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An important message for Part 90 Class B signal-booster users

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Operators of Part 90 Class B signal boosters need to register the location of the devices by Nov. 1 or face the possibility of FCC enforcement action.

An FCC deadline is sneaking up on some licensees who may not even be aware that it exists. Any entity that is operating Part 90 Class B signal boosters must register such devices, including their location, by Nov. 1 of this year.

I spoke recently with several licensing experts about this requirement. Elizabeth Buckley, principal of FCC-FAA Licensing and a former telecommunications licensing manager at Keller and Heckman, explained that the requirement applies only to Class B signal boosters, referred to as “broadband bidirectional amplifiers,” which amplify all signals within the passband of the signal booster filter. In contrast, Class A boosters—known as “narrowband BDAs”—amplify only those discrete channels that are intended to be retransmitted, so they are exempt from this requirement.

The only requirement prior to the commission’s order was that the licensee needed to ensure that the signal booster complied with Part 90 rules. Now, however, the FCC “has made it clear” that any entity that misses this deadline will be subject to enforcement action, Buckley said. But she added that the registration process should be relatively easy and free of charge for most entities, though some may discover via the registration process that they actually are operating illegally.

“They might have to go through frequency coordination, so that’s where some time and cost would be incurred,” Buckley said.

Signal boosters abound in both the public-safety and business/industrial sectors, Buckley said. They’re used by hotels, hospitals, arenas, convention centers, retailers and more.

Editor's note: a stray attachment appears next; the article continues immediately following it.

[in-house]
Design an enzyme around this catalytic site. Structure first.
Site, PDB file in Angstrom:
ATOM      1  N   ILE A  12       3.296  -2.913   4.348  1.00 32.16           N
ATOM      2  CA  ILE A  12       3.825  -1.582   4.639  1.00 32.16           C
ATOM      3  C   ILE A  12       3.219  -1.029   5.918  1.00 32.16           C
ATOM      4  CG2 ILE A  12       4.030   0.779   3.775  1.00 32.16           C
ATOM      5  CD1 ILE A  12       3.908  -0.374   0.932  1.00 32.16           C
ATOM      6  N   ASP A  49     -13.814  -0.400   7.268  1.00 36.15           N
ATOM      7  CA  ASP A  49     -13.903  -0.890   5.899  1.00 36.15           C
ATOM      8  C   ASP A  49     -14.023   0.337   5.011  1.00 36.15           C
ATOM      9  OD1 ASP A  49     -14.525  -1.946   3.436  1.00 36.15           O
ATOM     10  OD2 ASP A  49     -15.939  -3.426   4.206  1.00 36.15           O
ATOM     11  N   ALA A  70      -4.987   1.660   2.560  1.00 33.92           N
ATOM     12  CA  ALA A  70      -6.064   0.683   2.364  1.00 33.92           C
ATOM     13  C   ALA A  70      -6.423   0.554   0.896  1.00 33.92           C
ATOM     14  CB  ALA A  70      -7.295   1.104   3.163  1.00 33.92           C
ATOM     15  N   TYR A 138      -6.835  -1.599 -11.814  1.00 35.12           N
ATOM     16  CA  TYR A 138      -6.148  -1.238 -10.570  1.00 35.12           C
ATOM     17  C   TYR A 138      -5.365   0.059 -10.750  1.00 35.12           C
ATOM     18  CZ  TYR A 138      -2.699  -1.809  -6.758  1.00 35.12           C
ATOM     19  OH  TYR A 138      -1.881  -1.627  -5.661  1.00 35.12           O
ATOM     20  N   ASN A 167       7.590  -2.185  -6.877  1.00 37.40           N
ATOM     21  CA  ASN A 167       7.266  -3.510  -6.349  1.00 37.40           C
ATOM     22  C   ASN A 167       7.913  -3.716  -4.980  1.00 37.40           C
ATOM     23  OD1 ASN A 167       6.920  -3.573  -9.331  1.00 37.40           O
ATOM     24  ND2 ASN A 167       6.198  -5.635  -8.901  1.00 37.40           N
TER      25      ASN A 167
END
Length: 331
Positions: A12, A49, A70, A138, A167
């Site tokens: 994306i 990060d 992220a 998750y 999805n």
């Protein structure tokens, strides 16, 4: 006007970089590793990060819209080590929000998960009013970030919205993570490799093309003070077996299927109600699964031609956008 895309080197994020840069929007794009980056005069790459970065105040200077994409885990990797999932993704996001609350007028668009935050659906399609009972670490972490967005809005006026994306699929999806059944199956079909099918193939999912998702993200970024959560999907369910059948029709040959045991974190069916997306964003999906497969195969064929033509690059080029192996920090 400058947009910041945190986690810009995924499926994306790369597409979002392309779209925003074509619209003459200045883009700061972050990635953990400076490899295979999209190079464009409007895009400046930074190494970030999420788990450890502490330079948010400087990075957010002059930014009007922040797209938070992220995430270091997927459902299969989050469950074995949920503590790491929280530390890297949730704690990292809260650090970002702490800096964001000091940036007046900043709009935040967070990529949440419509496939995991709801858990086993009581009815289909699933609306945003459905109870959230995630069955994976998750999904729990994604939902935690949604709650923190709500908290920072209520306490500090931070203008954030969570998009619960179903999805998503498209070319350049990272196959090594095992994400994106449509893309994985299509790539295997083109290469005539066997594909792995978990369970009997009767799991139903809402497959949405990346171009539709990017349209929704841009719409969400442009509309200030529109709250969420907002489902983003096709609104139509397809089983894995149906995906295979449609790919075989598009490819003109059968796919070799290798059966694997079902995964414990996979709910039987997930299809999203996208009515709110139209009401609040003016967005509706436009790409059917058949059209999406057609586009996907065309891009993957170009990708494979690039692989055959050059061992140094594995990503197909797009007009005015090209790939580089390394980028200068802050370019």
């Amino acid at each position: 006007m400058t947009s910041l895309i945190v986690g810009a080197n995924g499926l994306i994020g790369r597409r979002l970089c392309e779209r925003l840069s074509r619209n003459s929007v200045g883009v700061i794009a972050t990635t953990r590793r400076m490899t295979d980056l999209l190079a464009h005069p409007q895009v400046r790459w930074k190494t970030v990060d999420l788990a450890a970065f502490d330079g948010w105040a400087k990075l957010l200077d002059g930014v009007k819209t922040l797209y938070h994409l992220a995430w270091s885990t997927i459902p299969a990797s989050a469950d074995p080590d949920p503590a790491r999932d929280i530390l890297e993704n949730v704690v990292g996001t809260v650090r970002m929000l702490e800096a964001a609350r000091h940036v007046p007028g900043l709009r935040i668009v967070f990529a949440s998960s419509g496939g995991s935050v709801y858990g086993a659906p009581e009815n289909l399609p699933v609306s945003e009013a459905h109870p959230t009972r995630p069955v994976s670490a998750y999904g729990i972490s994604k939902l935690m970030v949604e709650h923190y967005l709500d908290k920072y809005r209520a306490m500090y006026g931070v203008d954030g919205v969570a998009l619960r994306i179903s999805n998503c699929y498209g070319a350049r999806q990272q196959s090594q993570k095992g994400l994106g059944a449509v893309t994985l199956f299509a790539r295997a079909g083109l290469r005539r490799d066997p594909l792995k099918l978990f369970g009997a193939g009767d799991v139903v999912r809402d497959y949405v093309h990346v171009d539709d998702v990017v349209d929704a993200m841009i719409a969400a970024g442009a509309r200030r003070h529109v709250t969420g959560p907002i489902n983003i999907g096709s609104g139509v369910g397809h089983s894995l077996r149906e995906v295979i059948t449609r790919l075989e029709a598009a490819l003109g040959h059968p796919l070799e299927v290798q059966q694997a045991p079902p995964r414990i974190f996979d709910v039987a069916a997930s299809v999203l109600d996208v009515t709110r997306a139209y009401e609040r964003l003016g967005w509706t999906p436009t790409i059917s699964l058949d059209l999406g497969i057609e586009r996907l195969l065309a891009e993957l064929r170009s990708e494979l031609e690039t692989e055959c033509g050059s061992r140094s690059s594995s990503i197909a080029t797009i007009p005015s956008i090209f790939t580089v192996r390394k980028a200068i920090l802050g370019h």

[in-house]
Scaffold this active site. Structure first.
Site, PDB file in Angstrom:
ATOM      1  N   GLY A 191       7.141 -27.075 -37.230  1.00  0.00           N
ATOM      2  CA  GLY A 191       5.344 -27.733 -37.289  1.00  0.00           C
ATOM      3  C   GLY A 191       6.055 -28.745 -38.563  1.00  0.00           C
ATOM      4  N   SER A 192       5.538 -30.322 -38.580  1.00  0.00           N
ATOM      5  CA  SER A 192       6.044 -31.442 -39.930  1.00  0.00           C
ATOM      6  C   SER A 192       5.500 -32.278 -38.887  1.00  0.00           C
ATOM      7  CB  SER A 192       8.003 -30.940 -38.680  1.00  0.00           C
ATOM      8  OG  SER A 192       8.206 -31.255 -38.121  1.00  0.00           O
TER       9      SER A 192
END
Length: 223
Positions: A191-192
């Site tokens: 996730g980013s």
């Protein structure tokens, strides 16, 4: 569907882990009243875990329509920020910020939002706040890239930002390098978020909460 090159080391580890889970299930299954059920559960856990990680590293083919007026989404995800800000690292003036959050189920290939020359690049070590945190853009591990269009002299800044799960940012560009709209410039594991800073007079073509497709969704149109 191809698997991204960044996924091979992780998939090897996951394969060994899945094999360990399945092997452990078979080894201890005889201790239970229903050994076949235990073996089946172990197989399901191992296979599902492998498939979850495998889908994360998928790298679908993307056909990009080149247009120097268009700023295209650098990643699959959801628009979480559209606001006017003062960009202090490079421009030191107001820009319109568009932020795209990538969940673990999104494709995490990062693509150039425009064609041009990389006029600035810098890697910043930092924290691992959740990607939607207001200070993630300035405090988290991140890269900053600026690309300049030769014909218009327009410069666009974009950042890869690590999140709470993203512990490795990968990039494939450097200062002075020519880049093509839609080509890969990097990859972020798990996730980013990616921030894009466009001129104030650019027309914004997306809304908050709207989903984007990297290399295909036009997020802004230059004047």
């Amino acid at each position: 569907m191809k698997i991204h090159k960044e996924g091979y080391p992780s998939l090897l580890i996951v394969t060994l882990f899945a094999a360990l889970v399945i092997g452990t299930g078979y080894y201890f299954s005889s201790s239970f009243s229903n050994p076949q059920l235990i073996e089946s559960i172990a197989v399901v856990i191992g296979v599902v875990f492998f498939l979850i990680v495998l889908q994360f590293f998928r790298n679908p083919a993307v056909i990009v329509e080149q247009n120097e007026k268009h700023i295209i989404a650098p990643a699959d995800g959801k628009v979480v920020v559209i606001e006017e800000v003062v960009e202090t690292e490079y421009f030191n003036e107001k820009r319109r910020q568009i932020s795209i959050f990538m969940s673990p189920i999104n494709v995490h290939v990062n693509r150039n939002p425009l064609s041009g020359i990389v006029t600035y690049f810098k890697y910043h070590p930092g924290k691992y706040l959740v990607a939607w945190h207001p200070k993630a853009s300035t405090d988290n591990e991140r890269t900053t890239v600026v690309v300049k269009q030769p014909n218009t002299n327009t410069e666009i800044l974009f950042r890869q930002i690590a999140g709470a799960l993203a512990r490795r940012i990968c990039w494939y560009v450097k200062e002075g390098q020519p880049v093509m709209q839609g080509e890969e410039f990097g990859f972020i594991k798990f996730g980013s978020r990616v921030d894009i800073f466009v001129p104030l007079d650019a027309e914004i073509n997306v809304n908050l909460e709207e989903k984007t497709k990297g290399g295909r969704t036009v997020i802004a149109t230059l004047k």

Petrochemical company Anadarko Petroleum was forced to install a signal booster after it experienced the law of unintended consequences after it built its new headquarters in the Texas woodlands, Buckley said. When Anadarko built the building, the builder installed glass that prevents RF signals from penetrating the building, because the company didn’t want people to use devices to listen in on what was going on inside.

“Petroleum companies take their security very seriously,” Buckley said. “But when they ended up getting licenses for UHF radios that their security personnel were going to use, the system repeater that they installed outside the building wasn’t working properly for obvious reasons. So, they installed a signal booster.”

Alan Tilles, who chairs the telecommunications practice at Shulman Rogers and authors UC’s “Legal Matters” column, offered a hypothetical example of why registering Part 90 Class B signal boosters is so important.

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Donny Jackson

Donny Jackson is editor of Urgent Communications magazine. Before joining UC in 2002, he covered telecommunications for four years as a freelance writer and as news editor for Telephony magazine....
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